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  #621  
Old 03-02-2013
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Re: Full or fin keel?

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Originally Posted by Tranquilo View Post
OK, dumb question, but it won't be my first or last... is a winged keel, and fin keel one in the same?
No they are not the same. A wing keel is a type of bulb which minimally is supposed to act as a end plate and in extreme cases work as a wing when the boat is heeled. By traditional definition. A fin keel is any keel with a bottom less than 50% less than the length of the boat . In more modern usage, it's a keel in which does not have an attached rudder.
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  #622  
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Re: Full or fin keel?

Some brief comments on the Contessa 32 since it has come up. Yes in effect the keel is in between, it has a skeg hung rudder and overhangs. It is an excellent sea boat, and sails well. It likes a bit of heel and can throw up a bit of spray which is easily overcome by a couple of strakes or rubbing rail on the bow.
It is relatively narrow so is less fast downwind than one with the beam carried aft but is more stable. The downside is less internal volume so one sure would not be trying to fit 6 in more like 2 or 3 max on a passage. However that is true for most boats of that length, particularly when you think of storage extra sails etc.
Being relatively narrow plus having easily accessible handholds makes it safer in a seaway versus being tossed from side to side.
It might be said to be a bit harder to dock than a fin keel but with a bit of practice it is not difficult.
A number of factors interact in choosing a boat, money, comfort, crew numbers, prevailing weather, ease of handling, intended use. Personally I rank the security of having a good sea boat highly. Sure it has to sail well but speed for a non-racer is not the dominant factor.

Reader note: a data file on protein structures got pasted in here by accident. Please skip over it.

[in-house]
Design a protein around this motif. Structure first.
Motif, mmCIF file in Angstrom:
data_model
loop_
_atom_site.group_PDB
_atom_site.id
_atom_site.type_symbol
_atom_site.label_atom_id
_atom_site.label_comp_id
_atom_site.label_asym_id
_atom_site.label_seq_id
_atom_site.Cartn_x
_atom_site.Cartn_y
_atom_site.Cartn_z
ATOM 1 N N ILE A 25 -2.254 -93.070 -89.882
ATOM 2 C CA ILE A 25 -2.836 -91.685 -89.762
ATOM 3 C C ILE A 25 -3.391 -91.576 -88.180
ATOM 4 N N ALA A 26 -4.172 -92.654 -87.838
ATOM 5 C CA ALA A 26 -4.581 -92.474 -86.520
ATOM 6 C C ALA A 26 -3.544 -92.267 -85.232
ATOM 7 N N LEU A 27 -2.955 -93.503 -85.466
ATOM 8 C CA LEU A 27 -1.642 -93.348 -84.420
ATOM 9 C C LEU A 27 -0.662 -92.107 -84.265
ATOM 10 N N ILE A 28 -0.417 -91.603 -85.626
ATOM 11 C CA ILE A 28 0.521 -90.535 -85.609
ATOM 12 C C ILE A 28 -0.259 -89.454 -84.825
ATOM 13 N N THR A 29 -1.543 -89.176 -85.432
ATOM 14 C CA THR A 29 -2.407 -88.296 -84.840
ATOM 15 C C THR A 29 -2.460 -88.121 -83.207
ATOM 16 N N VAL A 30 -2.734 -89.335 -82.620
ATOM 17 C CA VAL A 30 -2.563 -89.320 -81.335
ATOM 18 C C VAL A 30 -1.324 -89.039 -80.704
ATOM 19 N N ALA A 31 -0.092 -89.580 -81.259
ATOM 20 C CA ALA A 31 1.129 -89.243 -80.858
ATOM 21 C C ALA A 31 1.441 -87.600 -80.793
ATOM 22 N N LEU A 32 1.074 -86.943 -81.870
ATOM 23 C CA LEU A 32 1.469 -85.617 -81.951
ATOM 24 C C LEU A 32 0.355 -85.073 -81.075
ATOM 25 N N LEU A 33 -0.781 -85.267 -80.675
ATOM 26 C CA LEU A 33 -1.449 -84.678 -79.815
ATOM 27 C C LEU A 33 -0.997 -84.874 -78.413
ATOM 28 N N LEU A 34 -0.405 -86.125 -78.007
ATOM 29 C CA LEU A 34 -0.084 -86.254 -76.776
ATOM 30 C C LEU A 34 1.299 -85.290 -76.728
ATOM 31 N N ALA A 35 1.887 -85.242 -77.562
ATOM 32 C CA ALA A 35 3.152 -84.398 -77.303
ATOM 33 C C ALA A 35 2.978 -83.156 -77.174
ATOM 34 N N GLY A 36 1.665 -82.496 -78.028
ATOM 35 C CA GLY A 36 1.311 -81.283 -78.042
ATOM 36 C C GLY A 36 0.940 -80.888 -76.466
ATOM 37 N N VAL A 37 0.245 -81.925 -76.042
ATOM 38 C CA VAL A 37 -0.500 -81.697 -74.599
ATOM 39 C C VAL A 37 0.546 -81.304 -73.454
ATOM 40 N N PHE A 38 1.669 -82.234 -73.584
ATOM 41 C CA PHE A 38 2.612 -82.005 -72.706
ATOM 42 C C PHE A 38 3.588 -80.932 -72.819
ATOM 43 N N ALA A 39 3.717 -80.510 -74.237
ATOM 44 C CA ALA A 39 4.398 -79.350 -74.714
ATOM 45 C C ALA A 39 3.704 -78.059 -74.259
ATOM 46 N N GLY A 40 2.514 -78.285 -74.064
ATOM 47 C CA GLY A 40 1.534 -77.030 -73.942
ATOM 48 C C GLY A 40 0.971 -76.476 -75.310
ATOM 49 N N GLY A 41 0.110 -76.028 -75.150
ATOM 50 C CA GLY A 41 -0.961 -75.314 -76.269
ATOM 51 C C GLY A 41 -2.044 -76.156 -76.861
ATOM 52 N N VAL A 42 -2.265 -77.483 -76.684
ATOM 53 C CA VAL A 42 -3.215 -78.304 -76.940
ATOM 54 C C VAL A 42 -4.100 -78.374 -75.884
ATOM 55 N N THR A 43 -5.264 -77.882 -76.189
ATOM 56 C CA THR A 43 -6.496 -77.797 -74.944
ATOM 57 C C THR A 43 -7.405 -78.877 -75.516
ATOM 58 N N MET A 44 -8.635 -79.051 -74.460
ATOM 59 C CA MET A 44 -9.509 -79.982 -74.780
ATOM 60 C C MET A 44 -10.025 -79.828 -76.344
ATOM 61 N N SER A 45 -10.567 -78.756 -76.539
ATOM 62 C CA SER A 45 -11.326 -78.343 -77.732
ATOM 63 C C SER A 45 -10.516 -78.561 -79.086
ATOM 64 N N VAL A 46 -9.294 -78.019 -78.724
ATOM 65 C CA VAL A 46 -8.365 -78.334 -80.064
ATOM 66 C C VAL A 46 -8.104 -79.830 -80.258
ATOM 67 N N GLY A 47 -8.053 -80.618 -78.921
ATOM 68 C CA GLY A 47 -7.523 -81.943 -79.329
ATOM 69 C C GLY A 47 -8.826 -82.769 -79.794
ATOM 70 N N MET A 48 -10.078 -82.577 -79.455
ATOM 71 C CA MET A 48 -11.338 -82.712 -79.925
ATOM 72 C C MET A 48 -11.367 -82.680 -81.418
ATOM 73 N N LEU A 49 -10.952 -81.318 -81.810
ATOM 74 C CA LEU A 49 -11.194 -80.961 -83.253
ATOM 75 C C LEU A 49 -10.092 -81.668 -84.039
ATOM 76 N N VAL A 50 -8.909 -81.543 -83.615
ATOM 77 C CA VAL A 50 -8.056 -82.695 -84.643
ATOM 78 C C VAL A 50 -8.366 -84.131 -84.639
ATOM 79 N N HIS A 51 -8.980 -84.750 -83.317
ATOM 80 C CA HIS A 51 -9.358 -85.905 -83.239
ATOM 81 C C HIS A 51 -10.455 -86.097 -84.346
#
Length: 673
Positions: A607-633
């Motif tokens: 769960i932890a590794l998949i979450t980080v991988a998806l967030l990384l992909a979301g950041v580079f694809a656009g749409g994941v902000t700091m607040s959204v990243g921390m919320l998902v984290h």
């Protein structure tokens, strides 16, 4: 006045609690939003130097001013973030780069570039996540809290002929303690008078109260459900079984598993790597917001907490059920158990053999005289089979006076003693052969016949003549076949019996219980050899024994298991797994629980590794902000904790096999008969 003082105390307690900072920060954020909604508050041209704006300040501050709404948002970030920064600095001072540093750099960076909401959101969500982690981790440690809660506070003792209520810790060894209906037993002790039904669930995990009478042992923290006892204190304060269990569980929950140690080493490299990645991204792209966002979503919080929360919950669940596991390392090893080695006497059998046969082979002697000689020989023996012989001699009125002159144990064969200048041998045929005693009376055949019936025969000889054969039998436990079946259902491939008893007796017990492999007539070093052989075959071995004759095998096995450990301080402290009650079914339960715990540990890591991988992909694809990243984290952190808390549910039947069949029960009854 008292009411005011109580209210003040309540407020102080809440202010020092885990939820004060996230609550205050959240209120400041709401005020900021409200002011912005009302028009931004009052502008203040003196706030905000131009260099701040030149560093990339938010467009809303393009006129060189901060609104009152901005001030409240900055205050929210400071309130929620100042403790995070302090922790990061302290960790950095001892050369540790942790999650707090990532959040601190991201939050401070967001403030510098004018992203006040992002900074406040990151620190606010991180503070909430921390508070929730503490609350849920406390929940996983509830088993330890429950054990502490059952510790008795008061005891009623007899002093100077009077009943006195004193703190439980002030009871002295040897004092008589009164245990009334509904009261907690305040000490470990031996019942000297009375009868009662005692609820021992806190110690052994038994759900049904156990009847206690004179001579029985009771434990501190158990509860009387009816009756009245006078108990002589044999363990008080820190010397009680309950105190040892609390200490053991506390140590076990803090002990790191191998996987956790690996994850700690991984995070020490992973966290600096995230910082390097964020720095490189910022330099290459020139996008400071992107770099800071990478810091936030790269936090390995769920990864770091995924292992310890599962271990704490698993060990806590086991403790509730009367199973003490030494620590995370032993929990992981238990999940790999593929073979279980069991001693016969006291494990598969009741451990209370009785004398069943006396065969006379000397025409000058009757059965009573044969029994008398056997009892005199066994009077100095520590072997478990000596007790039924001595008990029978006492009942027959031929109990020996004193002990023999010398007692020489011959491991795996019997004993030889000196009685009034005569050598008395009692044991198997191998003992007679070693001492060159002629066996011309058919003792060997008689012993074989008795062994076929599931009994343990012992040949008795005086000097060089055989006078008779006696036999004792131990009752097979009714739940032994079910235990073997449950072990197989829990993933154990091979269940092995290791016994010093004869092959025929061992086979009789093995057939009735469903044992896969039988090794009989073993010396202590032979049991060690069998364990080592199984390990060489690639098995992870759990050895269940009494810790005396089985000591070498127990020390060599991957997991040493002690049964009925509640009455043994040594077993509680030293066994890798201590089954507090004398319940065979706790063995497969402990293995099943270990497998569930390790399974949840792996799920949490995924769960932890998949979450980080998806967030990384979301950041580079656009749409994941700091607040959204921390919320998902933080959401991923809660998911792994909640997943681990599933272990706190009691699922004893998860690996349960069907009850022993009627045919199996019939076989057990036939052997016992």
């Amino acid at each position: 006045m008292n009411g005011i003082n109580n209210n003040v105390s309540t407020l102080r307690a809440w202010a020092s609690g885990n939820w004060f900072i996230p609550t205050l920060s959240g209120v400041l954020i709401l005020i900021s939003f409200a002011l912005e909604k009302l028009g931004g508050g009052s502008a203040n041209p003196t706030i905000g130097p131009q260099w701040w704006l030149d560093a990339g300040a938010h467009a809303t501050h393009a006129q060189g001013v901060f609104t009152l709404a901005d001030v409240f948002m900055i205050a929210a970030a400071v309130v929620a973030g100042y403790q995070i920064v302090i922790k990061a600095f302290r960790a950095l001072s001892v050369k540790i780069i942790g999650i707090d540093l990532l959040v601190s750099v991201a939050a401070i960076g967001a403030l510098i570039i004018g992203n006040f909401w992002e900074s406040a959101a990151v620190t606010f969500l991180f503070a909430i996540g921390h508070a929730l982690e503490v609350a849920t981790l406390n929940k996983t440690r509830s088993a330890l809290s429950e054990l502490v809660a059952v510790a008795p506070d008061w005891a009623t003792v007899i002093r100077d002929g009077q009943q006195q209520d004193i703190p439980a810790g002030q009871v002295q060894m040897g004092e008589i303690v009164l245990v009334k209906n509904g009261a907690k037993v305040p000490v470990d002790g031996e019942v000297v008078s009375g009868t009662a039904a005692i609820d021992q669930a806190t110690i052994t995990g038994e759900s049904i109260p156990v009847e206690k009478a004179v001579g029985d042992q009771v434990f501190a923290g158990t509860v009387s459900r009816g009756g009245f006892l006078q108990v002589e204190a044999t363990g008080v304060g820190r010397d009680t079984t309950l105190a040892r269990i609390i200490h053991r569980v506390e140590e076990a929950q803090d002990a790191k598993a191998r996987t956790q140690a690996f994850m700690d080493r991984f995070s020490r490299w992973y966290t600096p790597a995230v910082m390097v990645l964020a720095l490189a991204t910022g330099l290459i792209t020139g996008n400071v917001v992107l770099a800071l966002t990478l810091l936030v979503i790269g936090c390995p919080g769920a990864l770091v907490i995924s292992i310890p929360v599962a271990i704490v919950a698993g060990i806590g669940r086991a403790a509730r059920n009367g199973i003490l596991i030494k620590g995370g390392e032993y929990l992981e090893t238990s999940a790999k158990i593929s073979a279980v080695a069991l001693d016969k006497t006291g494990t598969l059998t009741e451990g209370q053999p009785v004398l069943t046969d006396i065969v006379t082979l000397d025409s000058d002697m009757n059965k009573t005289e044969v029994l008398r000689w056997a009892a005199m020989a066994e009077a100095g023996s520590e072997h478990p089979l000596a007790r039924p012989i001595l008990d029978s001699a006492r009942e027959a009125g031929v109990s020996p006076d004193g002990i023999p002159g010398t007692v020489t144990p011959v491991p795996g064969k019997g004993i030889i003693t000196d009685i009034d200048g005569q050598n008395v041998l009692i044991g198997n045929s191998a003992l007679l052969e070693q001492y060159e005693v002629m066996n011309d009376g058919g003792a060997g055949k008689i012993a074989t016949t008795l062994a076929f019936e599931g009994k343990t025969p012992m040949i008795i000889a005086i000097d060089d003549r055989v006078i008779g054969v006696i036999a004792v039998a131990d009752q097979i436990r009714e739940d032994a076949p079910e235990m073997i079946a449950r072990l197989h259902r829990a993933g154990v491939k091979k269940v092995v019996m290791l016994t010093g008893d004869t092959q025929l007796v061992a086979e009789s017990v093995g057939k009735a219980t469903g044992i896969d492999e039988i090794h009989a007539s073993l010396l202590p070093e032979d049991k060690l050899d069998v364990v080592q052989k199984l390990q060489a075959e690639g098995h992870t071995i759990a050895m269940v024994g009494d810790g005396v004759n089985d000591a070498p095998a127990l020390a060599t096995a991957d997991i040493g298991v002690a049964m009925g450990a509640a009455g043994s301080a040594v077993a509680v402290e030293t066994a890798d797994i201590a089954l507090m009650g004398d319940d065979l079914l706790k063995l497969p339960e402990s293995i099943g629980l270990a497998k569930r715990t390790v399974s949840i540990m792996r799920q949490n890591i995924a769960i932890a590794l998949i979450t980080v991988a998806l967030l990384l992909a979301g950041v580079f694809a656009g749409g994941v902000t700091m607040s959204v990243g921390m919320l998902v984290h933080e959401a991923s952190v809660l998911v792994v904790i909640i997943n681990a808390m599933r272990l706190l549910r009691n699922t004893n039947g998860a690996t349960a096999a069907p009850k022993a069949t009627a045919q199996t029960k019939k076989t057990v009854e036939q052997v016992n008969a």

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Old 03-02-2013
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Re: Full or fin keel?

OK. Good stuff given so far. One point to keep in mind; if you decide to go with a fin keel I suggest you do NOT get a wing keel, just to get a more shallow draft. Since you will run aground at some point in time, the wing keel severely limits your options on getting yourself back afloat. (Yes, I have wing keel now, haven't been in trouble, but would not again get a boat with such a keel). The comments about the manoeuvrability of a fin keel in close quarters, compared to full keel, are not to be ignored. You'll thing of them whenever you visiting a marina (which will be unknown territory in many cases) - both when coming in (forward, let's assume) and leaving (backing out).

Best of luck with your eventual purchase!
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Re: Full or fin keel?

Fallard I deeply apologize to you and Faster. Think neither should be confused with each other but neither should hopefully be offended when an slow witted dyslexic like me does it.
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  #625  
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Re: Full or fin keel?

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Originally Posted by Faster View Post
...

Interesting, though, that ErikLYC, a new owner of a brand new centerboard boat, tells us his keel is only usable/structurally stable in the fully deployed position, which takes away that 'adjustable CLR' feature.
That is because Eric's boat is a Pogo 12.50, one of those that has a swing keel with all the ballast on the keel.

That creates different problems than on non ballast centerboard in what regards lateral forces. The keel has to be on the proper place to not move latterly face to the big forces on the head of the keel when the boat is heeled.